The Slave Rebellion of Nat Turner
By Cam Chottiner
Nat Turner was an African American slave born in Southampton County, Virginia. Although a reward notice described him as "rather bright," he was not a mulatto. Turner learned to read and write at a very early age, and was deeply religious. At the age of 21, Turner ran away from his master, but returned a month later after becoming delirious and having a vision telling him to return to his master. Turner experienced many visions, which he viewed as messages from God, and also preached to his fellow slaves. The other slaves gave him the nickname, "the Prophet."
Rebellion and Backlash
On August 21, 1831, Nat Turner gathered more than 70 slaves and free blacks to lead a rebellion, traveling from house to house, freeing slaves, and killing every white person they encountered. Before the rebellion was suppressed, Turner's group had killed an estimated 60 men, women, and children. In retaliation, white militias were organized in the surrounding area, and between 100 and 200 blacks were murdered. In the aftermath, 48 blacks were charged with conspiracy and 56 blacks were executed. After evading capture for two months, Nat Turner was tried and hanged.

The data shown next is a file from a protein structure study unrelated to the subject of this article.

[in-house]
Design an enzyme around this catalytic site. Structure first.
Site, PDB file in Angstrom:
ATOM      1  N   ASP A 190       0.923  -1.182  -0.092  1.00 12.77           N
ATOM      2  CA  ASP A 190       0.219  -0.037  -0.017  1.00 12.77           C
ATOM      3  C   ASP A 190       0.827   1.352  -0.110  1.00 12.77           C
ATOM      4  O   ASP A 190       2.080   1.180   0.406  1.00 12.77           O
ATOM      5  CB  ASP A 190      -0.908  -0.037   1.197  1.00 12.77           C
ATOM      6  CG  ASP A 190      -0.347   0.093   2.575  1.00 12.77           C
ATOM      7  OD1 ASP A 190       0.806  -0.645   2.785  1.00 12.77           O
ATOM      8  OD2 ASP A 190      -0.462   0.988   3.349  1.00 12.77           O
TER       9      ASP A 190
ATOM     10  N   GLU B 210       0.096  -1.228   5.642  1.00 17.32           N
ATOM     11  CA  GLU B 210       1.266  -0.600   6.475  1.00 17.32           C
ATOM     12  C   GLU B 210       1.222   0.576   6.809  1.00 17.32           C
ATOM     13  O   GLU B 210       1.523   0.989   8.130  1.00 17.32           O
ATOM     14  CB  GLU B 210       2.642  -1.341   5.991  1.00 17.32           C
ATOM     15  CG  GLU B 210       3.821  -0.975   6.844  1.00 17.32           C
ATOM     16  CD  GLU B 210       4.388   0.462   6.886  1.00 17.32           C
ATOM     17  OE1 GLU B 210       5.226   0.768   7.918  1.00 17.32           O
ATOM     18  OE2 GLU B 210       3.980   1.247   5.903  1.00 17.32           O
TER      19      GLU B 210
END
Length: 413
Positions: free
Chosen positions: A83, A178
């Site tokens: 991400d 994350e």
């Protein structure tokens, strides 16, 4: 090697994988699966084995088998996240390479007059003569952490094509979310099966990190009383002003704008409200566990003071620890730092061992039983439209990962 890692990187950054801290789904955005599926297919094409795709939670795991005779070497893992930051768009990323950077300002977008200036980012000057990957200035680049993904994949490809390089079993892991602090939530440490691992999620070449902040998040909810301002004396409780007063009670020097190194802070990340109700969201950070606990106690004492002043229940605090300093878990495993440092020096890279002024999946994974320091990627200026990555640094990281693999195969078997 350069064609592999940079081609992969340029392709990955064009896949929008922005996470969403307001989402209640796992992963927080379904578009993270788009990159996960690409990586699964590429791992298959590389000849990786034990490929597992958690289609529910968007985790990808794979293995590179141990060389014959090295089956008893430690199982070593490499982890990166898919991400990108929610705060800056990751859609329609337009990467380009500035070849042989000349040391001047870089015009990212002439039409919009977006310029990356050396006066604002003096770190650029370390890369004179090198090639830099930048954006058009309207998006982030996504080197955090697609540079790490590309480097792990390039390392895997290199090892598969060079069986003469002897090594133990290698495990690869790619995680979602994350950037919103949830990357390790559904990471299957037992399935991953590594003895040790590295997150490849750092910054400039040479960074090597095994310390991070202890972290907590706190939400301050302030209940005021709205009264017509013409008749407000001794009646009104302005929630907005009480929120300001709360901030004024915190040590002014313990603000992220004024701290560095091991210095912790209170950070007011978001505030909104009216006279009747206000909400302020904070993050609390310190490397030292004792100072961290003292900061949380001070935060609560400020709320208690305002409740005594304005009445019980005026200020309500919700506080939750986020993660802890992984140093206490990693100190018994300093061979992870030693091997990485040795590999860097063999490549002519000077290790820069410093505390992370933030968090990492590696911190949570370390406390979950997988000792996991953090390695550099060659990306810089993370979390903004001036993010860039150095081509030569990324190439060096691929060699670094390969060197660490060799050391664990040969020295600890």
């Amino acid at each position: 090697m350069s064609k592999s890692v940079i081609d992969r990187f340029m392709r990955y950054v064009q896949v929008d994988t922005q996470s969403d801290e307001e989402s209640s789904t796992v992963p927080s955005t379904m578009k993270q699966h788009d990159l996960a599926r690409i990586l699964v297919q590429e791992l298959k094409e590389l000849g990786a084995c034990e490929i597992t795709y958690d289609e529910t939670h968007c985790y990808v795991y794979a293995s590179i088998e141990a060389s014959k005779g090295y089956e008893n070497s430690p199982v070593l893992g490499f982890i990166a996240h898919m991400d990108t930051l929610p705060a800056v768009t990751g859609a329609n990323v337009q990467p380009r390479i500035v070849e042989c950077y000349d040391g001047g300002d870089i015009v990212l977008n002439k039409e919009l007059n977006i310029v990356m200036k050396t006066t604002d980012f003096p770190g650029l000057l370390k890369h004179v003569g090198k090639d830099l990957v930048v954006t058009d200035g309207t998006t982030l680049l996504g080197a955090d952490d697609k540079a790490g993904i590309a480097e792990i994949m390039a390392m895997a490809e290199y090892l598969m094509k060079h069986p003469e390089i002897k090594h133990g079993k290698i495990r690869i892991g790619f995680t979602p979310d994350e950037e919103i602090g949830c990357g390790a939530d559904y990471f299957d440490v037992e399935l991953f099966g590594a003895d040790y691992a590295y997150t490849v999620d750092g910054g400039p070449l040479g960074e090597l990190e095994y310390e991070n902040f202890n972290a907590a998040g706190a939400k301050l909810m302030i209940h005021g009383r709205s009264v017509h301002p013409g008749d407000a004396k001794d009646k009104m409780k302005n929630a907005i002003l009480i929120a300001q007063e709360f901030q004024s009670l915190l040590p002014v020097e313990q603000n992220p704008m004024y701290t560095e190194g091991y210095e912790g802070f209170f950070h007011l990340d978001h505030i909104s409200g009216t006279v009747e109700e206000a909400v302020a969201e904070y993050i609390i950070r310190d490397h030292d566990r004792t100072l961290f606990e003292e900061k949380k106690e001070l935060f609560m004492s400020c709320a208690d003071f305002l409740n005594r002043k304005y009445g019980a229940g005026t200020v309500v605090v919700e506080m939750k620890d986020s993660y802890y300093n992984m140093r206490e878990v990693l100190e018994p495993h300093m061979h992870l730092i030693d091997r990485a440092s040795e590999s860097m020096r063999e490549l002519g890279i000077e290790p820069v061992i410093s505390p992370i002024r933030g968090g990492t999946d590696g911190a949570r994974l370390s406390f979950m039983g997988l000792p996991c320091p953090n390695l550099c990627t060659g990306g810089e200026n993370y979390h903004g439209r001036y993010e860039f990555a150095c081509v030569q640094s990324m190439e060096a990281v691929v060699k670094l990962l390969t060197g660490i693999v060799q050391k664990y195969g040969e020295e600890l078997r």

Primary Source Image
Created by a white person following the rebellion, this image portrayed the blacks as savages, and failing to mention that nearly 200 blacks were murdered in retaliation for the rebellion.